Brendan McGovern named 2017 Dean's Medalist in the Arts

Brendan McGovern UW Jazz Studies

Jazz Studies major Brendan McGovern has been named the UW College of Arts and Sciences Dean's Medalist in the Arts.  McGovern, who recently graduated from the UW with double degrees in Music and History, is one of four graduating seniors to be awarded the dean's medal, the highest honor for graduating seniors in the College. On honoree from each of the College's four divisions--arts, humanities, social sciences, and natural sciences--receives the award annually, with selections based on students' grade point average and faculty recommendations.

While at the School of Music, McGovern performed in numerous combos and ensembles and was engaged in campus and off-campus performances and activities organized by the student-run Improvised Music Project (IMP). This past May, he was a featured musician performing with guitarist Bill Frisell during the IMP's annual festival, IMPFest.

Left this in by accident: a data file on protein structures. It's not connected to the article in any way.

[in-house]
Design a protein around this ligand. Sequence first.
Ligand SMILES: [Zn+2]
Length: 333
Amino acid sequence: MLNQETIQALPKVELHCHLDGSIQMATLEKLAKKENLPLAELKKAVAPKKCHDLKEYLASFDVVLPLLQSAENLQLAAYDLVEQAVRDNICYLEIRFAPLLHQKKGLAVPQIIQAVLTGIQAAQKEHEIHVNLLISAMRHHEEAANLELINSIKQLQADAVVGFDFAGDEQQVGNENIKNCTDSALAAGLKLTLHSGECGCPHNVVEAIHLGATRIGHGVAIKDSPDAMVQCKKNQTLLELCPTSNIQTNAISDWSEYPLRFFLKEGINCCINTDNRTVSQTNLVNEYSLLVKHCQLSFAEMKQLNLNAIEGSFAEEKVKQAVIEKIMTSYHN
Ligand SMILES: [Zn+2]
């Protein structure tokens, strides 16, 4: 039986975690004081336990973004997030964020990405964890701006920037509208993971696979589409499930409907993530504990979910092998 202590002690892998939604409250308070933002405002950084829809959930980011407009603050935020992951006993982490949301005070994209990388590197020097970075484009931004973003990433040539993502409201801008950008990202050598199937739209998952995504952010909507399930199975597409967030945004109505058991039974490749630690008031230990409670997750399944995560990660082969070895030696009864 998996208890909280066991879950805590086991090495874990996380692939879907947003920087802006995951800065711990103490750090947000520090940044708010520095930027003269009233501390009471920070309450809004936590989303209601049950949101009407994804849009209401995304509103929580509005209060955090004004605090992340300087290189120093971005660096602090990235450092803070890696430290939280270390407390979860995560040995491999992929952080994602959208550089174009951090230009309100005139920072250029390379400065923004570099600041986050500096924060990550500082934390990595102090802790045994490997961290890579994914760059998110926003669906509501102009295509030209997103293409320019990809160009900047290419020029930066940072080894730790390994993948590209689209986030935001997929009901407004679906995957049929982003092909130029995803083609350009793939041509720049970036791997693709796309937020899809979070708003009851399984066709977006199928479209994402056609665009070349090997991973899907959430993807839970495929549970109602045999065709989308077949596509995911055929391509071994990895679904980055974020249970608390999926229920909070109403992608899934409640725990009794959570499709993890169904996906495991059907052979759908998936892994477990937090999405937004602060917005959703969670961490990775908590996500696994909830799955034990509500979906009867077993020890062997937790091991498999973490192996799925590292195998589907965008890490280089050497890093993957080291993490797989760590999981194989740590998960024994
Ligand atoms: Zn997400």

“Brendan is the kind of student one dreams of working with,” wrote Jazz Studies faculty member Ted Poor in his recommendation letter supporting McGovern's award nomination. “He is curious and completely invested in his studies, and always quick to provide encouragement to younger, less experienced players.”

McGovern combined his interests in music and history when preparing his senior thesis in the History department, researching jazz education in Seattle from the 1960s through 1980s and the impact of racism and class privilege.  “His research topic and method — conducting oral history interviews with prominent figures in Seattle’s jazz education community — required him to engage in often sensitive conversations about racism and class privilege,” wrote Lynn Thomas, professor of history, in her letter of recommendation. “He handled those conversations with great skill and humility, and grew both intellectually and socially through doing so. Brendan never backed away from the challenges of research.”

In addition to the dean's medal, McGovern also was recently awarded the UW's prestigious Bonderman Travel Fellowship, which will support his next endeavor--eight months of world travels in which he plans to investigate the ways in which music can instigate social change in various cultures in the Caribbean, South America, West Africa, and Southeast Asia.